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Chef Sergio Gashi Gives New Meaning to Fine Dining in Westchester

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Photos by John Bruno Turiano

The Eastchester resident behind Tutta Bella Trattoria in Eastchester, Sergio’s Ristorante in Pelham, and Sergio’s Saw Pit in Port Chester puts the customer first.

At one of the first restaurants Chef Sergio Gashi worked in, the owner told a customer: “We don’t do that” when the latter asked for cheese on a plate of linguine and clam sauce, rehashing the food-industry axiom that cheese generally overpowers the delicate flavors of seafood. “The customer left,” says Gashi, who took a lesson from that experience that he would later apply at his restaurants, Tutta Bella Trattoria in Eastchester, Sergio’s Ristorante in Pelham, and his latest, and the one of the three he solely owns, Sergio’s Saw Pit in Port Chester.

“Always do what the customer wants to make them happy,” the Eastchester resident explains. “For me, a well-done steak becomes dried out and not what I would order. But I will happily prepare a steak well-done for someone.” Gashi’s philosophy regarding customer service goes to yet another level. “Treat the customer like they own the restaurant, not you.”

fried artichokes

Sautéed baby artichokes in garlic and olive oil is one of the signature dishes at Chef Sergio Gashi’s third county restaurant, Sergio’s Saw Pit, in Port Chester. The upmarket Northern Italian spot derives its name from what the village had been called until 1837.

All of Gashi’s restaurants have ardent regulars who respect his customer-on-a-pedestal attitude, as well as his assiduous work ethic. Gashi’s son Ardi, who works at Sergio’s Port Chester as a host and pastry chef, making approximately 10 topflight desserts, confirms his father’s claim that he went a 10-year stretch at Tutta Bella without a day off. “You have to be present to have a successful restaurant,” says Gashi. He has three other sons: Fidan, who works at Tutta Bella; Alban, at Sergio’s of Pelham; and Fisler, who is learning pastry at Sergio’s Saw Pit.

Fresh pasta, including gnocchi and beet ravioli and pappardelle, is made daily

Fresh pasta, including gnocchi and beet ravioli and pappardelle, is made daily

Gashi’s giving nature is another reason for his steady group of supporters.

Before the menus hit the table, a gratis bowl of multi-colored olives, basket of house-made breads, and plate of cheeses with truffle honey dip arrive. He also has annual customer-appreciation dinners, where regulars and friends are invited for a complimentary meal. “You give a little; you get back a lot,” he explains.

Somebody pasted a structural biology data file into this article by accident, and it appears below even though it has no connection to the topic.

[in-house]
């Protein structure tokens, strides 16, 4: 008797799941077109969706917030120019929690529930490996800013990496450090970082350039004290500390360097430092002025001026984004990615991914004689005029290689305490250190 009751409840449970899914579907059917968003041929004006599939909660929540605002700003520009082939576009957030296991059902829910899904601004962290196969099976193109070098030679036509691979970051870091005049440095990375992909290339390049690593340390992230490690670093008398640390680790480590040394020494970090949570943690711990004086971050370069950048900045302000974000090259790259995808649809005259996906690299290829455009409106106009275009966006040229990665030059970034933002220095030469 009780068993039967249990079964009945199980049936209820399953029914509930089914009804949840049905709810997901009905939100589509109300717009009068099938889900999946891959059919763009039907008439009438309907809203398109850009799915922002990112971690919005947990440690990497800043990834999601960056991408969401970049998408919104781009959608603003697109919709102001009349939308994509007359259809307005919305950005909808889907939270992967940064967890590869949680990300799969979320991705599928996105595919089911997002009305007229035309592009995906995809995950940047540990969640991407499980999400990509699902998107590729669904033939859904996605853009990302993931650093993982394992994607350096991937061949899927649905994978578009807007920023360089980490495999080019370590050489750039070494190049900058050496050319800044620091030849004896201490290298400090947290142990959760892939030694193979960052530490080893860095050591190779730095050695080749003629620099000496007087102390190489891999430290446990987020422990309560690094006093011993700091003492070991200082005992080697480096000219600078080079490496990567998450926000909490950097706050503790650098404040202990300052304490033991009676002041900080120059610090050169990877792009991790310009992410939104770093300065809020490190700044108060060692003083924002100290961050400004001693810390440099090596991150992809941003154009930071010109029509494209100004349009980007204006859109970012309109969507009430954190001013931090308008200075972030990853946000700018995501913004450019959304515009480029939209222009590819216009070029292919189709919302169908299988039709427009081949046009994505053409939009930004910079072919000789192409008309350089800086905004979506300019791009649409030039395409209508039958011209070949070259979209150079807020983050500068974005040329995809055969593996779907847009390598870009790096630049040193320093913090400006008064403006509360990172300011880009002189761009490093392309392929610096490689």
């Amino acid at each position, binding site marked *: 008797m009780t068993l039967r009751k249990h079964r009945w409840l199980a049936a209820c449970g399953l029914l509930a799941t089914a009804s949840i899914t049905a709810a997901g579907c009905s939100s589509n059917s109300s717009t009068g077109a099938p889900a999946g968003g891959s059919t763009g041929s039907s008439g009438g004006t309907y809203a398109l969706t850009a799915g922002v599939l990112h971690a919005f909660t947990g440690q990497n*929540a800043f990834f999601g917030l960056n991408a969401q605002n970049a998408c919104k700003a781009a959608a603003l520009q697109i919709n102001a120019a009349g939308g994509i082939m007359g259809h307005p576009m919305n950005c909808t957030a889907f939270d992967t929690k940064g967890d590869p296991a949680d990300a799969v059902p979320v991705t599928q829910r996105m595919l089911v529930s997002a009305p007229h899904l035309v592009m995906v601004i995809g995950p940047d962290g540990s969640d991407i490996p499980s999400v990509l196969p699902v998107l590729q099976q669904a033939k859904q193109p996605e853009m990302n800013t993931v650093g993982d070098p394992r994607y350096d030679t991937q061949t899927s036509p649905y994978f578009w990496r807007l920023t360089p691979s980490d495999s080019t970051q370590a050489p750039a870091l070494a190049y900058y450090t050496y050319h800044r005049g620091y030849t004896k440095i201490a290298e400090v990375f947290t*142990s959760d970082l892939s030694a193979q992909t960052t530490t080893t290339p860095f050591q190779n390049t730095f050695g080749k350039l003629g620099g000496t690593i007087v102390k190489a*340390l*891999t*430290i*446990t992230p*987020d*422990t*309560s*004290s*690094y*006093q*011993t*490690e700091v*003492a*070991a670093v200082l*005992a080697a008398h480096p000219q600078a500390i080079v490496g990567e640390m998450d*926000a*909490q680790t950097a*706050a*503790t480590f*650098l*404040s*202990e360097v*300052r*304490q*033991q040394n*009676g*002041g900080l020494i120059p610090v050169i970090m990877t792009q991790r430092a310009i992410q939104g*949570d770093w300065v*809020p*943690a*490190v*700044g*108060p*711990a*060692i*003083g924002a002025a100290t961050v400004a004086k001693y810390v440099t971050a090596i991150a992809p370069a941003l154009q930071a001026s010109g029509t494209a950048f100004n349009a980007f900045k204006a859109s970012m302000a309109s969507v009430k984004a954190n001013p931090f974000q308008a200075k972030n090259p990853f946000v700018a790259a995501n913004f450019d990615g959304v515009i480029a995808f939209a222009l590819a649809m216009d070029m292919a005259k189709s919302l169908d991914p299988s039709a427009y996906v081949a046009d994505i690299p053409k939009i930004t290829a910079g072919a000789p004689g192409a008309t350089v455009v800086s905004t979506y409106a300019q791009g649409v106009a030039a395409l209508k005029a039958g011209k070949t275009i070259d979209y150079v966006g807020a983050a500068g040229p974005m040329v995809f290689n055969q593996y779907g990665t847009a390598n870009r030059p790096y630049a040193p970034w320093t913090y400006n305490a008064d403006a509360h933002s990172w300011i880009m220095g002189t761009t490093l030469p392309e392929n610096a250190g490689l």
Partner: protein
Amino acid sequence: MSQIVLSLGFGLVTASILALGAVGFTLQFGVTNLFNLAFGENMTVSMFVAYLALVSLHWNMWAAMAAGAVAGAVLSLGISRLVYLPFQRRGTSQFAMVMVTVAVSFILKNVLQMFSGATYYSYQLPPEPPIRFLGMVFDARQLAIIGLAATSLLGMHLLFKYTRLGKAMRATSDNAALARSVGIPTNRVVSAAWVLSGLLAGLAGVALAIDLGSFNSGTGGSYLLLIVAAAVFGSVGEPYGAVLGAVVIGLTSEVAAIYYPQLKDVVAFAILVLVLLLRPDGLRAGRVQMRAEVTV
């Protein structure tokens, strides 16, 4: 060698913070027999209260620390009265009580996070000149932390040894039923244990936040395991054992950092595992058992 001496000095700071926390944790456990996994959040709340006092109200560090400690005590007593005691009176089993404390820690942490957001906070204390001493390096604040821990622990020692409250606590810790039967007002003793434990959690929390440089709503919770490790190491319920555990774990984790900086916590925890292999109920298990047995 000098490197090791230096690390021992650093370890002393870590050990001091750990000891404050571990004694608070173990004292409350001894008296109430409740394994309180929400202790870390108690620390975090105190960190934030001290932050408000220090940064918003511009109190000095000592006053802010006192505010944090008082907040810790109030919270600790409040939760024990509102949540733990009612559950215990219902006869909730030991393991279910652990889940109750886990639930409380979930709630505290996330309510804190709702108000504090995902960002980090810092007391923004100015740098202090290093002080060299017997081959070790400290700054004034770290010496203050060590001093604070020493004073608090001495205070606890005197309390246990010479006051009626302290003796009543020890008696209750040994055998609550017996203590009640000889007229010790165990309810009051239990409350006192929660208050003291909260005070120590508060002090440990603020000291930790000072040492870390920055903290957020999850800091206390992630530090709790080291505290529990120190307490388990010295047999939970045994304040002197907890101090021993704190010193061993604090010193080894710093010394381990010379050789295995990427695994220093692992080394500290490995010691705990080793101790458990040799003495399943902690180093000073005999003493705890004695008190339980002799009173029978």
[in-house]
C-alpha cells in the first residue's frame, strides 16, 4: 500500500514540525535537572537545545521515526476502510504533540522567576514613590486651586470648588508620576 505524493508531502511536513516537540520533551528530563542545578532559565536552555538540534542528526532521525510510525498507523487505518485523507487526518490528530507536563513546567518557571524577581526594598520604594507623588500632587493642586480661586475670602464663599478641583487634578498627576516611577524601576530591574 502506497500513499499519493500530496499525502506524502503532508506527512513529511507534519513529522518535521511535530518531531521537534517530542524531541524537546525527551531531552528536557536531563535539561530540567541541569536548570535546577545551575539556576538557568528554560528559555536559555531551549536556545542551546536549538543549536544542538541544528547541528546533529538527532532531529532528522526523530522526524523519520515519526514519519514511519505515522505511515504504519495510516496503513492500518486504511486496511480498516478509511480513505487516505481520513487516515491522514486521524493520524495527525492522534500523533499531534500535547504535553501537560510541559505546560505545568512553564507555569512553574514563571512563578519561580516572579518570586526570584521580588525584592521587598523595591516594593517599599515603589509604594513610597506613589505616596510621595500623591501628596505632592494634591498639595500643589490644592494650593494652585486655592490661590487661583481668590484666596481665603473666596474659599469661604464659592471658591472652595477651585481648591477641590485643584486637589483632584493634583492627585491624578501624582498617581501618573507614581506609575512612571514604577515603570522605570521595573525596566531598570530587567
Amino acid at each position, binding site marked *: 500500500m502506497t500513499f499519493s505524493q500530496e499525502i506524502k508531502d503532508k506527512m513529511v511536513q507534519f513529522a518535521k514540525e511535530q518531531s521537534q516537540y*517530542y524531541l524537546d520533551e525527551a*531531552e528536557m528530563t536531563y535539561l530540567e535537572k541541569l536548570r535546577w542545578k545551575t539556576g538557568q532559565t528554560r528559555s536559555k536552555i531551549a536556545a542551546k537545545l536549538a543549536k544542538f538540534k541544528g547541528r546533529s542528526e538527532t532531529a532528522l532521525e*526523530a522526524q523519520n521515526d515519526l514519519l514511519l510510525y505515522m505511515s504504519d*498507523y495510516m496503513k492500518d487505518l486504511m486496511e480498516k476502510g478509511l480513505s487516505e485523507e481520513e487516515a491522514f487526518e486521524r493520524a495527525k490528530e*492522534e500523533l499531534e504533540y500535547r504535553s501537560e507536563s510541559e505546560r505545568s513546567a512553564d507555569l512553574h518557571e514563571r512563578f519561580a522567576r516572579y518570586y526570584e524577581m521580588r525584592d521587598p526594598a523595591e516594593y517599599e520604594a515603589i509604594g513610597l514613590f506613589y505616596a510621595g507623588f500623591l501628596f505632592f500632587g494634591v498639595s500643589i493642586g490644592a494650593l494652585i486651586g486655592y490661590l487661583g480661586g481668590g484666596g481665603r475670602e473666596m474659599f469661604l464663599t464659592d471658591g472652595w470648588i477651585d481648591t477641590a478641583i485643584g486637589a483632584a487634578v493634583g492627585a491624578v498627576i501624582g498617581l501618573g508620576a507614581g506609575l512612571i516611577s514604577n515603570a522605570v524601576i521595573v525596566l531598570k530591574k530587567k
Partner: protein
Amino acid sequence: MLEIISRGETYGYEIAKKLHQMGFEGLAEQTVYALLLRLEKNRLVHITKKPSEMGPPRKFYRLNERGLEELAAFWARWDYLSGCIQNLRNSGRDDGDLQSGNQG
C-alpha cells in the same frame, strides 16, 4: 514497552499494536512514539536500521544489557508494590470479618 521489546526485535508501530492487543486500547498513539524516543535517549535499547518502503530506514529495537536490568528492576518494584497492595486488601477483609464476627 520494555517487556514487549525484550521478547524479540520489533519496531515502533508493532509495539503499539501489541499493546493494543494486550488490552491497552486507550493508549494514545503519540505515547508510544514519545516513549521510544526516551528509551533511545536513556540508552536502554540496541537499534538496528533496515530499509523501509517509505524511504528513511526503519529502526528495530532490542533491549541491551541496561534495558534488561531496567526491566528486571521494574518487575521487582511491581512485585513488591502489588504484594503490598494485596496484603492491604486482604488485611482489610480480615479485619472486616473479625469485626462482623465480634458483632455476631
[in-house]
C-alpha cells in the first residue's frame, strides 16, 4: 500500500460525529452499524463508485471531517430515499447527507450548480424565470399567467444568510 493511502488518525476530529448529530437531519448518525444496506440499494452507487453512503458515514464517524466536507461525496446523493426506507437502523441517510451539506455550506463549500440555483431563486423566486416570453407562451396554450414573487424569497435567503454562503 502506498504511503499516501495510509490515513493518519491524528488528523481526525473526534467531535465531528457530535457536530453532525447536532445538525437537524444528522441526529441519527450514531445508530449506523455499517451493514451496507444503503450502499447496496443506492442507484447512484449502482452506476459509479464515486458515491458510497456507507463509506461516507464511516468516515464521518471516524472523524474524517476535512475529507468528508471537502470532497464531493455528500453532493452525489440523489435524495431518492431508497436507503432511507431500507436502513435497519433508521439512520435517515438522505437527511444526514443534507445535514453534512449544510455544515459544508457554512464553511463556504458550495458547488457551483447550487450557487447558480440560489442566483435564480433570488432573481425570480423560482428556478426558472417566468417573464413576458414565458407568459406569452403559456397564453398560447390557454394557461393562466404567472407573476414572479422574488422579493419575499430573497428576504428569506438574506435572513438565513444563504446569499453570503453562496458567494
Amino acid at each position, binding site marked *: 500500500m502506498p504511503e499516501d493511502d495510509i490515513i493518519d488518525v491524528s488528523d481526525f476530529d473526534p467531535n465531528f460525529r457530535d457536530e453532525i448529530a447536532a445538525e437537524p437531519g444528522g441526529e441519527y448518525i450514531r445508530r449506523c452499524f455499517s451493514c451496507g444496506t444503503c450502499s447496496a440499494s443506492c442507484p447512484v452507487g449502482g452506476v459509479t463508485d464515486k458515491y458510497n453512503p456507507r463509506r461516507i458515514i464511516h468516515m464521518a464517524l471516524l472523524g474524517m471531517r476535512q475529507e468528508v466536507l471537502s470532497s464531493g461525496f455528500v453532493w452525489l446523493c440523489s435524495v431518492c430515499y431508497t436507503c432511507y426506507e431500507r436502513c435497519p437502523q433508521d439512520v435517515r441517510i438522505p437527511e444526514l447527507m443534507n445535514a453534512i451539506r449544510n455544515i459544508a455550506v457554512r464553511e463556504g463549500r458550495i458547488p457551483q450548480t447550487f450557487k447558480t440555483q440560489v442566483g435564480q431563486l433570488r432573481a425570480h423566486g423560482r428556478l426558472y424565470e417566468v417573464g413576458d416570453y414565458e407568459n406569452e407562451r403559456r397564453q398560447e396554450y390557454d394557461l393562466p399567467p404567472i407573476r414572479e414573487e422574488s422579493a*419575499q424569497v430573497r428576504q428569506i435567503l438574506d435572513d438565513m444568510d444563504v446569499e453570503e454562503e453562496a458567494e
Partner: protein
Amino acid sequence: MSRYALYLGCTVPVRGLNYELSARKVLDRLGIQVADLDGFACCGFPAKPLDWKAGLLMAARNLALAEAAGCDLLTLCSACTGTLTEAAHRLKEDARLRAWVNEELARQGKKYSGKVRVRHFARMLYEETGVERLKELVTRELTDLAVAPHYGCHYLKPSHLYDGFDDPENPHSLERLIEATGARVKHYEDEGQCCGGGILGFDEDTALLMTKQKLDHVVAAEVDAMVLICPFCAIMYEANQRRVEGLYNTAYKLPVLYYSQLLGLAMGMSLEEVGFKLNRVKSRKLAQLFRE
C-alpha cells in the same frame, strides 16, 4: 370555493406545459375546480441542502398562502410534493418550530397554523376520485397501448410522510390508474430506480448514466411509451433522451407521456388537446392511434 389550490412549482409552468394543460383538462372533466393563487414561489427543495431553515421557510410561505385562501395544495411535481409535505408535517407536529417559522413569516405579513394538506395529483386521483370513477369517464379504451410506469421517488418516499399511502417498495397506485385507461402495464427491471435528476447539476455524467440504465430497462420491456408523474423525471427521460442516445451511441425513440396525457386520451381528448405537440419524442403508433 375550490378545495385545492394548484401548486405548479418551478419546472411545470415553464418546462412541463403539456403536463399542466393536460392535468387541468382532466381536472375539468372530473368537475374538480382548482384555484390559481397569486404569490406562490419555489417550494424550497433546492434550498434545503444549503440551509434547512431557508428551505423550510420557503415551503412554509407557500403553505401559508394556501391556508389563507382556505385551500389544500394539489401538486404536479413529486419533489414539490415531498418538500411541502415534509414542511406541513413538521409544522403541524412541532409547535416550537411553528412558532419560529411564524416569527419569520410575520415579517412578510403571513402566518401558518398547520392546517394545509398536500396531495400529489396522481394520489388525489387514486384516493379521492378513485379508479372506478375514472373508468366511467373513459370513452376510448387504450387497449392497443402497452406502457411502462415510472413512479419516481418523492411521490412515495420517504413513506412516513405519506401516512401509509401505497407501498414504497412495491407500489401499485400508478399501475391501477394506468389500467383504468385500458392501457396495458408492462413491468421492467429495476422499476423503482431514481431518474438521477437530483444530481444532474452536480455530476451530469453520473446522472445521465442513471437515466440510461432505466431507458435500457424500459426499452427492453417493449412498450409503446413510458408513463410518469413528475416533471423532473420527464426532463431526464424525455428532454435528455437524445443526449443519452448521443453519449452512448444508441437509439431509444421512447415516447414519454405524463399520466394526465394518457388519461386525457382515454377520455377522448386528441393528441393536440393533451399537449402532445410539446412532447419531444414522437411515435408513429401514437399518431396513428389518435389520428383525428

Mushroom ravioli in a creamy black truffle sauce

Mushroom ravioli in a creamy black truffle sauce

The menus are similar at the trifecta of restaurants: The cuisine is Northern Italian, with house-made pastas, steaks, and chops, veal and chicken martinis, Parmigiana, plus a host of other classic iterations. At Sergio’s Saw Pit, Chef Ricky Micili heads up the kitchen and prepares 10 to 15 specials daily, such as osso buco and sesame-crusted tuna with seaweed salad. Sautéed artichokes, seafood platters, and mushroom ravioli are signature dishes on the regular menu. “No ingredients are frozen,” says Micili. Vendors include Cosenza Fish Market and Biancardi Meats on Arthur Avenue, Master Purveyors at Hunts Point Coop Market, and produce distributor FreshPoint.

The beverage program at Sergio’s includes 250 different wines, most ranging between $50 and $350.

The beverage program at Sergio’s includes 250 different wines, most ranging between $50 and $350.

Future plans are for a high-end brunch with lots of seafood and a Champagne cart.

“America is the best country, and I’m lucky to be here,” Gashi says. “I was a goatherd and sheepherder in Kosovo in 1986, making cheese and yogurt before coming here. Now I have three restaurants.”

His devoted customer base would likely say it’s America that’s lucky to have Gashi.

Sergio’s Saw Pit
25 S. Regent St, Port Chester; 914.881.3220